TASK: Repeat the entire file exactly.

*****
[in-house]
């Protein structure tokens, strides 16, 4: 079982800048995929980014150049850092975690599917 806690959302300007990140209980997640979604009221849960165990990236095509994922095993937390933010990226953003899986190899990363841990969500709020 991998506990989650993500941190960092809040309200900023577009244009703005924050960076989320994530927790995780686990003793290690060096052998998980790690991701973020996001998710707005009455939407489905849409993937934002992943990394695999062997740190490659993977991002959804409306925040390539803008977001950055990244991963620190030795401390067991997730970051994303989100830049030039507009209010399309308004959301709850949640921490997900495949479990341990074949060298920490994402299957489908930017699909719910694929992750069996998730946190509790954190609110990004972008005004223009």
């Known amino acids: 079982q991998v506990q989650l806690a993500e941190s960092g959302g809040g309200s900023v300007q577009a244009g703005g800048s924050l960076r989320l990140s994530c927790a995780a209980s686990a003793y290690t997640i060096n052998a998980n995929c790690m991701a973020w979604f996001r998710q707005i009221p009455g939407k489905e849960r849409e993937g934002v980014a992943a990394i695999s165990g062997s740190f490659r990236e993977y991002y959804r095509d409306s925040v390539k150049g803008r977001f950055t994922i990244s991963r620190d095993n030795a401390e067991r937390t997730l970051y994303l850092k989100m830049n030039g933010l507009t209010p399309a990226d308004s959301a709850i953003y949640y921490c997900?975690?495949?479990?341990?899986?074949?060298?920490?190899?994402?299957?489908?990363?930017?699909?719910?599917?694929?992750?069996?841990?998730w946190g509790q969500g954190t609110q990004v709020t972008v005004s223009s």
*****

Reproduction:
[in-house]
């Protein structure tokens, strides 16, 4: 079982800048995929980014150049850092975690599917 806690959302300007990140209980997640979604009221849960165990990236095509994922095993937390933010990226953003899986190899990363841990969500709020 991998506990989650993500941190960092809040309200900023577009244009703005924050960076989320994530927790995780686990003793290690060096052998998980790690991701973020996001998710707005009455939407489905849409993937934002992943990394695999062997740190490659993977991002959804409306925040390539803008977001950055990244991963620190030795401390067991997730970051994303989100830049030039507009209010399309308004959301709850949640921490997900495949479990341990074949060298920490994402299957489908930017699909719910694929992750069996998730946190509790954190609110990004972008005004223009």
């Known amino acids: 079982q991998v506990q989650l806690a993500e941190s960092g959302g809040g309200s900023v300007q577009a244009g703005g800048s924050l960076r989320l990140s994530c927790a995780a209980s686990a003793y290690t997640i060096n052998a998980n995929c790690m991701a973020w979604f996001r998710q707005i009221p009455g939407k489905e849960r849409e993937g934002v980014a992943a990394i695999s165990g062997s740190f490659r990236e993977y991002y959804r095509d409306s925040v390539k150049g803008r977001f950055t994922i990244s991963r620190d095993n030795a401390e067991r937390t997730l970051y994303l850092k989100m830049n030039g933010l507009t209010p399309a990226d308004s959301a709850i953003y949640y921490c997900?975690?495949?479990?341990?899986?074949?060298?920490?190899?994402?299957?489908?990363?930017?699909?719910?599917?694929?992750?069996?841990?998730w946190g509790q969500g954190t609110q990004v709020t972008v005004s223009s």